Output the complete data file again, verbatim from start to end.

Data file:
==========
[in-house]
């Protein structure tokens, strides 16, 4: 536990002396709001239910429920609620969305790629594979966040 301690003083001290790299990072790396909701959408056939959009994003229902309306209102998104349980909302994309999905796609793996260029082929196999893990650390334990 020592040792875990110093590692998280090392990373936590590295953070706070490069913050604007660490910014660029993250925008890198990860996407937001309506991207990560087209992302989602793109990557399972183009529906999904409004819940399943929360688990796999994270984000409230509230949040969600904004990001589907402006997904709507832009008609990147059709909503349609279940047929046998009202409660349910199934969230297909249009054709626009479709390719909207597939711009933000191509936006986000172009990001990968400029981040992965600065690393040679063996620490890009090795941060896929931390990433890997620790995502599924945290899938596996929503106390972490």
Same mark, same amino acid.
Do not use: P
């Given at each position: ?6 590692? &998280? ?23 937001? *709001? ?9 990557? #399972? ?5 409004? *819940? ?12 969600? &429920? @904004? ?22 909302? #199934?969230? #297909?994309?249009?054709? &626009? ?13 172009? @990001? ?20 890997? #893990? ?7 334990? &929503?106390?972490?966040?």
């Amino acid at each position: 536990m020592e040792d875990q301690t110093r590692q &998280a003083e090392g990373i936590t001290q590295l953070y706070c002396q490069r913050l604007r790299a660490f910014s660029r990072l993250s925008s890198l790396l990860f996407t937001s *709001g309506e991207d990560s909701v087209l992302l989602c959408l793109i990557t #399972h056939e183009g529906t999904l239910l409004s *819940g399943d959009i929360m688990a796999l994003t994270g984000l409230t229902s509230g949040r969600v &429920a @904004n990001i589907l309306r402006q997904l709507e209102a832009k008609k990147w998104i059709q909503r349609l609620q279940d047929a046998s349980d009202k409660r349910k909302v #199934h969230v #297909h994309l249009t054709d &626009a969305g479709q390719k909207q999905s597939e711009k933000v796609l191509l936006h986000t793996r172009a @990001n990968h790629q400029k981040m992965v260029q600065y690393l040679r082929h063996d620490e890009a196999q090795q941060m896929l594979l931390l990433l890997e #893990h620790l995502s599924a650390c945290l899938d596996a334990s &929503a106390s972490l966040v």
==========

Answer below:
[in-house]
């Protein structure tokens, strides 16, 4: 536990002396709001239910429920609620969305790629594979966040 301690003083001290790299990072790396909701959408056939959009994003229902309306209102998104349980909302994309999905796609793996260029082929196999893990650390334990 020592040792875990110093590692998280090392990373936590590295953070706070490069913050604007660490910014660029993250925008890198990860996407937001309506991207990560087209992302989602793109990557399972183009529906999904409004819940399943929360688990796999994270984000409230509230949040969600904004990001589907402006997904709507832009008609990147059709909503349609279940047929046998009202409660349910199934969230297909249009054709626009479709390719909207597939711009933000191509936006986000172009990001990968400029981040992965600065690393040679063996620490890009090795941060896929931390990433890997620790995502599924945290899938596996929503106390972490």
Same mark, same amino acid.
Do not use: P
């Given at each position: ?6 590692? &998280? ?23 937001? *709001? ?9 990557? #399972? ?5 409004? *819940? ?12 969600? &429920? @904004? ?22 909302? #199934?969230? #297909?994309?249009?054709? &626009? ?13 172009? @990001? ?20 890997? #893990? ?7 334990? &929503?106390?972490?966040?």
């Amino acid at each position: 536990m020592e040792d875990q301690t110093r590692q &998280a003083e090392g990373i936590t001290q590295l953070y706070c002396q490069r913050l604007r790299a660490f910014s660029r990072l993250s925008s890198l790396l990860f996407t937001s *709001g309506e991207d990560s909701v087209l992302l989602c959408l793109i990557t #399972h056939e183009g529906t999904l239910l409004s *819940g399943d959009i929360m688990a796999l994003t994270g984000l409230t229902s509230g949040r969600v &429920a @904004n990001i589907l309306r402006q997904l709507e209102a832009k008609k990147w998104i059709q909503r349609l609620q279940d047929a046998s349980d009202k409660r349910k909302v #199934h969230v #297909h994309l249009t054709d &626009a969305g479709q390719k909207q999905s597939e711009k933000v796609l191509l936006h986000t793996r172009a @990001n990968h790629q400029k981040m992965v260029q600065y690393l040679r082929h063996d620490e890009a196999q090795q941060m896929l594979l931390l990433l890997e #893990h620790l995502s599924a650390c945290l899938d596996a334990s &929503a106390s972490l966040v």